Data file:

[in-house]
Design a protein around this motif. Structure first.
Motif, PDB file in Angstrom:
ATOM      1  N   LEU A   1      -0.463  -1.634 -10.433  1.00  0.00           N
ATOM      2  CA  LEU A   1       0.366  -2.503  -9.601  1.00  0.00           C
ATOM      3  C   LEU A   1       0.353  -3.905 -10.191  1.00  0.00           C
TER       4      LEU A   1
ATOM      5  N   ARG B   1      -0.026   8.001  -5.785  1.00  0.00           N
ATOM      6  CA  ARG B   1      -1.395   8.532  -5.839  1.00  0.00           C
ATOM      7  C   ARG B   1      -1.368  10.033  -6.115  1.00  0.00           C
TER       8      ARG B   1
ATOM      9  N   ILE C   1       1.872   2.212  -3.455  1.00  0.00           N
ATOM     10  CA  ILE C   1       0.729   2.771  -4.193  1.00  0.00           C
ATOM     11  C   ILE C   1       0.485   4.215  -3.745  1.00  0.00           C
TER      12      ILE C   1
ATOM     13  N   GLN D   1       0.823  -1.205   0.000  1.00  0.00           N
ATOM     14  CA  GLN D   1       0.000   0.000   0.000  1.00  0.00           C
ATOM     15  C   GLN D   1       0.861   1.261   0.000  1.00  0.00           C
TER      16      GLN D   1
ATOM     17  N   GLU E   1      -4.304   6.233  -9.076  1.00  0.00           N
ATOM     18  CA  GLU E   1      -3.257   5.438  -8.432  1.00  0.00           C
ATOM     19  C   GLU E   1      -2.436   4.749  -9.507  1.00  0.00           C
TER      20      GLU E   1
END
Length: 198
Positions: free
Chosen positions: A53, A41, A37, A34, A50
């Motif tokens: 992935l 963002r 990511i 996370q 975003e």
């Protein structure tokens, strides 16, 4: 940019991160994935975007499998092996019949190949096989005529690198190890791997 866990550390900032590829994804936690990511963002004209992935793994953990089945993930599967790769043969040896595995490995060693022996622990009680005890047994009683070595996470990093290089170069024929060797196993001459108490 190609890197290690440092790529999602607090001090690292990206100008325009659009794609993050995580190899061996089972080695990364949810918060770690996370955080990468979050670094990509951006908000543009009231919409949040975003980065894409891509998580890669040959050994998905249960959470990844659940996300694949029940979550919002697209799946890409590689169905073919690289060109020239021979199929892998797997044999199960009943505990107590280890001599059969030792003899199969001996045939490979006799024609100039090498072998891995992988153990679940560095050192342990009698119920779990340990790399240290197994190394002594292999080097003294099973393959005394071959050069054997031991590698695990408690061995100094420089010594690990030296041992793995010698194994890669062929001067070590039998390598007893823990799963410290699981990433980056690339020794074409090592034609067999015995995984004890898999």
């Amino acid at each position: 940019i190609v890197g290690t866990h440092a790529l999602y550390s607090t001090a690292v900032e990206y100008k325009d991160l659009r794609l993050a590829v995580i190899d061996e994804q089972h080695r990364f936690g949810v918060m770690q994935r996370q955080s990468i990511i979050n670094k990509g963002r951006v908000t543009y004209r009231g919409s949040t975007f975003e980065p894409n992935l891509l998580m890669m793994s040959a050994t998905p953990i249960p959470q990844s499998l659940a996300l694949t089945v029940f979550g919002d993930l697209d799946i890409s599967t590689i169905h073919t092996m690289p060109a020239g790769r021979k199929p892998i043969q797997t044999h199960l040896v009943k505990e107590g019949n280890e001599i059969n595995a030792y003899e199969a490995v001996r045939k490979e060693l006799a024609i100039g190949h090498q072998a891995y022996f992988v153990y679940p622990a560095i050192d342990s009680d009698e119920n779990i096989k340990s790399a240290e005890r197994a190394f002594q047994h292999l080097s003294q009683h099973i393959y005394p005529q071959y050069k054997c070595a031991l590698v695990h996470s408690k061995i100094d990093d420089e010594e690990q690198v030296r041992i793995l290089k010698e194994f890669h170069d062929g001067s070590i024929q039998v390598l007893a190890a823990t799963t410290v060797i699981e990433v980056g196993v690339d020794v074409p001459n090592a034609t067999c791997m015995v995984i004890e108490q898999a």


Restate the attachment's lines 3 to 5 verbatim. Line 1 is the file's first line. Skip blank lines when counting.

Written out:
Motif, PDB file in Angstrom:
ATOM      1  N   LEU A   1      -0.463  -1.634 -10.433  1.00  0.00           N
ATOM      2  CA  LEU A   1       0.366  -2.503  -9.601  1.00  0.00           C